Manning the ticket table is Greg Moir, another steadfast volunteer who fell in love with swing dancing after being introduced to it by his brother. Greg explains that volunteering is a great way for people low on cash to partake in the fun. While normal admission for the dance is $5, volunteers dance for free. “We show up early, set up the sound system and the chairs, and basically make sure everything is in it’s place before the dancers arrive,” said Moir.

olympia swing dance
Bill Shoaf and Lexi Z dance the night away.

Between ticket sales and acting as a “lead dummy” for the beginning lessons, Moir finds time to shake a tail feather on the dance floor. “Dancing is highly addictive and it’s the best cardio I know,” said Moir. “Why would you run on a treadmill when you can dress up and have fun with people?”

Moir maintains that he’s never left a dance in a worse mood than he came, and encourages everyone to come down and give it a try. “You don’t need a partner, everybody dances with everybody. Don’t be shy, come on your own.  Bring your girlfriends, bring your guy friends, just come and enjoy yourself. Dancing is good for the soul,” said Moir.

A look across the ballroom proves that swing dancing knows no age limit. On the left, older couple Bill Shoaf and Lexi Z spin and dip, their faces alight with smiles of exquisite happiness. “We’ve been dancing a long, long time,” said Shoaf. “But not together,” amends Z.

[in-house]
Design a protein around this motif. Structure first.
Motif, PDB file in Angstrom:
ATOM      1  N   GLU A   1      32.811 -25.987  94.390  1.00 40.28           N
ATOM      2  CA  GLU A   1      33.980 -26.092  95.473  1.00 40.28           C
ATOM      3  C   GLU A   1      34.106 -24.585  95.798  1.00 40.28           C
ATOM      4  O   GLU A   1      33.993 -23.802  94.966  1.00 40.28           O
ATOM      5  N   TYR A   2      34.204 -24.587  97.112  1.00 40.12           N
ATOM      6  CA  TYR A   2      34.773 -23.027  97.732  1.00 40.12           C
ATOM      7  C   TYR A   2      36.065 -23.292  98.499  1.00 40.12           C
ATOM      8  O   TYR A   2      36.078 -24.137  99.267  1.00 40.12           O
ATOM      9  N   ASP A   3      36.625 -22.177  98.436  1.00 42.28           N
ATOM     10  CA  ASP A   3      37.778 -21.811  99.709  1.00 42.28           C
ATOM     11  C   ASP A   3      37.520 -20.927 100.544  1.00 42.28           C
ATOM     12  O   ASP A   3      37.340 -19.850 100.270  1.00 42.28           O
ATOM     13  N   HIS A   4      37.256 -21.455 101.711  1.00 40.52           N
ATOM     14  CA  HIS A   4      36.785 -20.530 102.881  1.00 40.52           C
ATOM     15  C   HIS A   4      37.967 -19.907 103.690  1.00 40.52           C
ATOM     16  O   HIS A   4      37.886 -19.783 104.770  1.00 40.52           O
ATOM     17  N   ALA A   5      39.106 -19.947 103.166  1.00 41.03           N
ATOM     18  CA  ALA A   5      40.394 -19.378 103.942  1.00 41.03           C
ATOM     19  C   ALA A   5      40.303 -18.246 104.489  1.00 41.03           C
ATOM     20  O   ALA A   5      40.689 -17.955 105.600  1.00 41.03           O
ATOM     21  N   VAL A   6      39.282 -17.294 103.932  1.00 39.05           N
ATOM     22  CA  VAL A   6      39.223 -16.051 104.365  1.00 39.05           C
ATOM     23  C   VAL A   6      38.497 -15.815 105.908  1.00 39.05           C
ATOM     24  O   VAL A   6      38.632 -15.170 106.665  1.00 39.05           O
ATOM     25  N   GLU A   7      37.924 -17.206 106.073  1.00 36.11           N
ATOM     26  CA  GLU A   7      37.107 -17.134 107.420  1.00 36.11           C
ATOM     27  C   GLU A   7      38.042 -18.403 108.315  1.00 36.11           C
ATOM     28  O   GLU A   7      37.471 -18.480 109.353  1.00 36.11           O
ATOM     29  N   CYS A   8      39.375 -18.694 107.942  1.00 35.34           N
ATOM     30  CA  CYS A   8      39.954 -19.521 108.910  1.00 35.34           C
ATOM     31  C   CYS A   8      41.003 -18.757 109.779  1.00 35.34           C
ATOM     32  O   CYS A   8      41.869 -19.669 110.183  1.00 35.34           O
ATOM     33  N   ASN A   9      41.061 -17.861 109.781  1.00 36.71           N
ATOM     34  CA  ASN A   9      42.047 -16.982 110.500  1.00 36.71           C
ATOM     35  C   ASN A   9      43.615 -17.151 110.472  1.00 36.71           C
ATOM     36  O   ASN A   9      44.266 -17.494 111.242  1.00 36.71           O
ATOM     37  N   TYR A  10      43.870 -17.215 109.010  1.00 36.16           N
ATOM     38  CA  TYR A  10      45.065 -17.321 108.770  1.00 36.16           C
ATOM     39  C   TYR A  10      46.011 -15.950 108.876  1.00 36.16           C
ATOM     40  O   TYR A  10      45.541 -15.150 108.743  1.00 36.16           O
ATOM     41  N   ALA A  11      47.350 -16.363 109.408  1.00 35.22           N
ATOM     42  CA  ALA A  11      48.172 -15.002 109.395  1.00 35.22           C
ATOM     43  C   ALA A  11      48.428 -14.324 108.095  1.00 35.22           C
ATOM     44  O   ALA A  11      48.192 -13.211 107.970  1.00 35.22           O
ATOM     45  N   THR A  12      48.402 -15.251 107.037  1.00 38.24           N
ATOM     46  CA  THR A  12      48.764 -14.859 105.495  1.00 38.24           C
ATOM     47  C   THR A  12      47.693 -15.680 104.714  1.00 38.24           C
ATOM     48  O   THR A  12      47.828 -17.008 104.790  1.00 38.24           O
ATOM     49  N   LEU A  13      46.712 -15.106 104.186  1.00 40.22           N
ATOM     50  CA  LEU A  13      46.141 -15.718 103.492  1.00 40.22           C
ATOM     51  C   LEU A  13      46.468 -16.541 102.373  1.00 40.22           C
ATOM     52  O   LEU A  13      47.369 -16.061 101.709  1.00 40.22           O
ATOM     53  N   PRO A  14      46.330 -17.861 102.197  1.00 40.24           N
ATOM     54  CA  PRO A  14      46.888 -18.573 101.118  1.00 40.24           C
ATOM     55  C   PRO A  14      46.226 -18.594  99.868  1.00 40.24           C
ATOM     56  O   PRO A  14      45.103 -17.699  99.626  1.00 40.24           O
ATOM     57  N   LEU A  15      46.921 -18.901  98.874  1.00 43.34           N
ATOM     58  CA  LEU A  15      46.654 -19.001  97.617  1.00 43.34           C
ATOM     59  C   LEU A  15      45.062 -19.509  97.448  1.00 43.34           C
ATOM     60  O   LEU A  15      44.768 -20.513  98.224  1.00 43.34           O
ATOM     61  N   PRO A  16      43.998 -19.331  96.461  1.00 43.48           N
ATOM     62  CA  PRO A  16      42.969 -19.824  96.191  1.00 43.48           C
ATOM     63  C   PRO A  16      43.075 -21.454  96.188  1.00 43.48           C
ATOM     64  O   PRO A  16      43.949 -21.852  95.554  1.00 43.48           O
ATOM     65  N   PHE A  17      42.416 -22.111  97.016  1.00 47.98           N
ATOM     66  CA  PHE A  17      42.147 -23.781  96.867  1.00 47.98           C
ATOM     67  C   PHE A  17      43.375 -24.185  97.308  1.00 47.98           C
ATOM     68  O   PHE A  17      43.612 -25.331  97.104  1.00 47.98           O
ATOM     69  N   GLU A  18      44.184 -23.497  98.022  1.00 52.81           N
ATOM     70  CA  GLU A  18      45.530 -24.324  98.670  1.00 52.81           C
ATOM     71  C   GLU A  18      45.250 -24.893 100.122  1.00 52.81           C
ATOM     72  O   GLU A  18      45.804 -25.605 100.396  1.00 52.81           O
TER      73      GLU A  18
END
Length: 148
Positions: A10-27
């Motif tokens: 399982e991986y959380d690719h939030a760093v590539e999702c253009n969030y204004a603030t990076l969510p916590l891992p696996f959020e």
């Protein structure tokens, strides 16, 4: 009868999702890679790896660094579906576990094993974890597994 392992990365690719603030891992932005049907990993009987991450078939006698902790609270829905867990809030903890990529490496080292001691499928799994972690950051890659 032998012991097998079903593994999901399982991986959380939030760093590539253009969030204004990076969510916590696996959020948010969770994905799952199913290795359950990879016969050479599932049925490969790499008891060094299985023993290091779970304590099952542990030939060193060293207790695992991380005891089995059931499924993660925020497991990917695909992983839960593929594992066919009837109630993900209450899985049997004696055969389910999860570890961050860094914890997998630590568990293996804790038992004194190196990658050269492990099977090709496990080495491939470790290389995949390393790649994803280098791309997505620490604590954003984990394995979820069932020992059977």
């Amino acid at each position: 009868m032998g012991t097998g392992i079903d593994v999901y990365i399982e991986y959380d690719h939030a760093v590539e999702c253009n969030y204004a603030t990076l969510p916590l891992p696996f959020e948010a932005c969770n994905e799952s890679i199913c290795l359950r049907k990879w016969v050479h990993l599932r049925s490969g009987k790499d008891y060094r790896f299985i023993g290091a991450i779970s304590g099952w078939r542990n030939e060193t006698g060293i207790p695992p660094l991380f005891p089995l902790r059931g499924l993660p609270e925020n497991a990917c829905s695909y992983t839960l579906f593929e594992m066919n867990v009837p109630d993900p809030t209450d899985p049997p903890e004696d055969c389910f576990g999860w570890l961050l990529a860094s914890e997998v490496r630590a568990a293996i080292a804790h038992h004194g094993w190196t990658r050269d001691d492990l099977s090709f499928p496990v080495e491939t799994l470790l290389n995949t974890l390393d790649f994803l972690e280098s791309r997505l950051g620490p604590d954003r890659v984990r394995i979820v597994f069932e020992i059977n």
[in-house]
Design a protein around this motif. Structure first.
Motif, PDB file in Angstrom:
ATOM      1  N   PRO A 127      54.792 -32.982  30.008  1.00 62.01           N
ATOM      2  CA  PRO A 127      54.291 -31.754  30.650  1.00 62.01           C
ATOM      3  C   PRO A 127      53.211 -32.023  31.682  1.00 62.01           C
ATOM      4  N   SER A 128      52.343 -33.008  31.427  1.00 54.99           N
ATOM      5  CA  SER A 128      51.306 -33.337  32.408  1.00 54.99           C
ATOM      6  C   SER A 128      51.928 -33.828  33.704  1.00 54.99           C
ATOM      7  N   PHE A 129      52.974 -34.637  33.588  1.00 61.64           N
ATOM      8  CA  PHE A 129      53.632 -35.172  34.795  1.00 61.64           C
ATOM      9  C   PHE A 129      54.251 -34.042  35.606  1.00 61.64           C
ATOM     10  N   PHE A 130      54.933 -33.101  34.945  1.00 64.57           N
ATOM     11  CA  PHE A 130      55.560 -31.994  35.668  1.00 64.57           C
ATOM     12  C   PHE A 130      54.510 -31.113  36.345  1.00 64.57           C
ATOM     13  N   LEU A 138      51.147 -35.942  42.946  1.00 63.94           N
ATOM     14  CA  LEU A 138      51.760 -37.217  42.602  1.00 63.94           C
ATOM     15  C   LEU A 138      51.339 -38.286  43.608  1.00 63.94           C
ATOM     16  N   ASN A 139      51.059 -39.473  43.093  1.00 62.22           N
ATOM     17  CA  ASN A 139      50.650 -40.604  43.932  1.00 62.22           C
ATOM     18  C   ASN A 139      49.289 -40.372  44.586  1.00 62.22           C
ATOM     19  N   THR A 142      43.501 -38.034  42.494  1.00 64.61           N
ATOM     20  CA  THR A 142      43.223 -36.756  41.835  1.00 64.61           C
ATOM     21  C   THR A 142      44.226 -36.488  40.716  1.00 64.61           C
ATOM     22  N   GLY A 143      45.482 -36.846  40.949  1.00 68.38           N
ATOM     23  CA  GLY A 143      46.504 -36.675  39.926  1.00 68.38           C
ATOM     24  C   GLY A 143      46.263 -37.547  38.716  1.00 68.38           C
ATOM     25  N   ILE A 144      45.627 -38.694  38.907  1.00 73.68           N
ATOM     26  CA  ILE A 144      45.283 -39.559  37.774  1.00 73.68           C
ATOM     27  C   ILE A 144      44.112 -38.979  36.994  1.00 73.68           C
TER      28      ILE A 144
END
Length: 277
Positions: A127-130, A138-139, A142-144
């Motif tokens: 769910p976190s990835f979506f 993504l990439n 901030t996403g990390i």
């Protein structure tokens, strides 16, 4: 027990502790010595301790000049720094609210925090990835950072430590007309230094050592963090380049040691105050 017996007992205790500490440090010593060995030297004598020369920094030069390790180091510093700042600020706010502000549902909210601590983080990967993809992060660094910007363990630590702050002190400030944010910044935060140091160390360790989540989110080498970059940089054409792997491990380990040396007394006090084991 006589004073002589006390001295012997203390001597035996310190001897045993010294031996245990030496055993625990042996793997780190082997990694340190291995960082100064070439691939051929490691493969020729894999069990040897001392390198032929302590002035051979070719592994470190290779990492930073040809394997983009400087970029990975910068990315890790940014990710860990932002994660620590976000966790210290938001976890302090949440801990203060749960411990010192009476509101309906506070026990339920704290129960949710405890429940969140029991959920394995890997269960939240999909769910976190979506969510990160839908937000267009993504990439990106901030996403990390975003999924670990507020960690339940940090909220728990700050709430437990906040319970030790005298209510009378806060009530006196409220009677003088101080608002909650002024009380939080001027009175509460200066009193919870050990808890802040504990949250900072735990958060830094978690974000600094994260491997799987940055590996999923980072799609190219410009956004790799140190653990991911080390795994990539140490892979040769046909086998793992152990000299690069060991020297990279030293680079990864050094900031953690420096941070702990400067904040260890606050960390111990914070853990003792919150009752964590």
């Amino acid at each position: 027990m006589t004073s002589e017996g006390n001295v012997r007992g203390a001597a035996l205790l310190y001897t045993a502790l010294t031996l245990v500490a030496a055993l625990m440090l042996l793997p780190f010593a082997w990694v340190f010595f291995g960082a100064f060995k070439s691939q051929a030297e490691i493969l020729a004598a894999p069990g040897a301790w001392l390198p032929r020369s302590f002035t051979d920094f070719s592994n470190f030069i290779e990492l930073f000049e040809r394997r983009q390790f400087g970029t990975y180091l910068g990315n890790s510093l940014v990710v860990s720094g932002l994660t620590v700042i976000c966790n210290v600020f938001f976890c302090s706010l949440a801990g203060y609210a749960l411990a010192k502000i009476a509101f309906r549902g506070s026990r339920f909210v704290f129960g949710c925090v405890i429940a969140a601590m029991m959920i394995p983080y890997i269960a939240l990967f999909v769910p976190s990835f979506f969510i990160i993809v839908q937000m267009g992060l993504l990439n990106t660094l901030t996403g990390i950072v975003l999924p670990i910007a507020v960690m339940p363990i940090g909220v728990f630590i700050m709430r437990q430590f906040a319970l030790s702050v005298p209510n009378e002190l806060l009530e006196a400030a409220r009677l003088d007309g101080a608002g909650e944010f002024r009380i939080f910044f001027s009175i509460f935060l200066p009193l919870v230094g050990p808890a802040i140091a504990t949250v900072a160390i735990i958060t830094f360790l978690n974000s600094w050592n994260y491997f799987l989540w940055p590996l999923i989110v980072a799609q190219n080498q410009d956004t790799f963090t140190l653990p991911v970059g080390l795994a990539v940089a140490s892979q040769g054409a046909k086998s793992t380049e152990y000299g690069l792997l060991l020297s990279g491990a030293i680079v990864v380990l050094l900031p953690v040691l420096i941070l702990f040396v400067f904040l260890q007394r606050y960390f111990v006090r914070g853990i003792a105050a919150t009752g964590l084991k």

Z recently moved to Olympia to be with Shoaf, and the two have been living La Vida Loca ever since. They just returned from a 50-mile hike. “We danced the whole time,” said Shoaf, “We danced down the mountain, we danced along the trails, we danced at camp, this is the life! Don’t you doubt it for a second! Now, if you’ll excuse us, we’re gonna keep on dancing!”

olympia swing dance
Alice Marinella (left) and Christine Corey are the queens of swing on Tuesday evenings at the Eagles Ballroom.

Turn your head to the right and you’ll find high school students Lucas Johnson, Grae Hill, and Isacc Arneson dancing the night away. “We love it here,” said Hill. “It’s something different. Most people can’t say they went swing dancing last night, we can.”

And watching over them all, at the front of hall, are Alice Marinella and Christine Corey. Marinella started a swing dance scene in Olympia, hosting weekly dances at various night clubs around Olympia when her sons expressed interest in the art of swing dancing. After learning the moves, the boys wanted to showcase their routines at a real swing dance.

“Swing is timeless, it’s like falling in love with somebody for three and a half minutes,” said Marinella. A couple of years into the dances, Marinella taught Corey how to dance, “She was really welcoming to me personally,”said Corey. “We just kind of clicked.” Corey then founded OlySwing.

Corey considers the OlySwing dances as a kind of safe haven. “We live in a world where people judge us all the time, but not here. Here you’re safe. Come as you are, we’re going to accept you,” said Corey.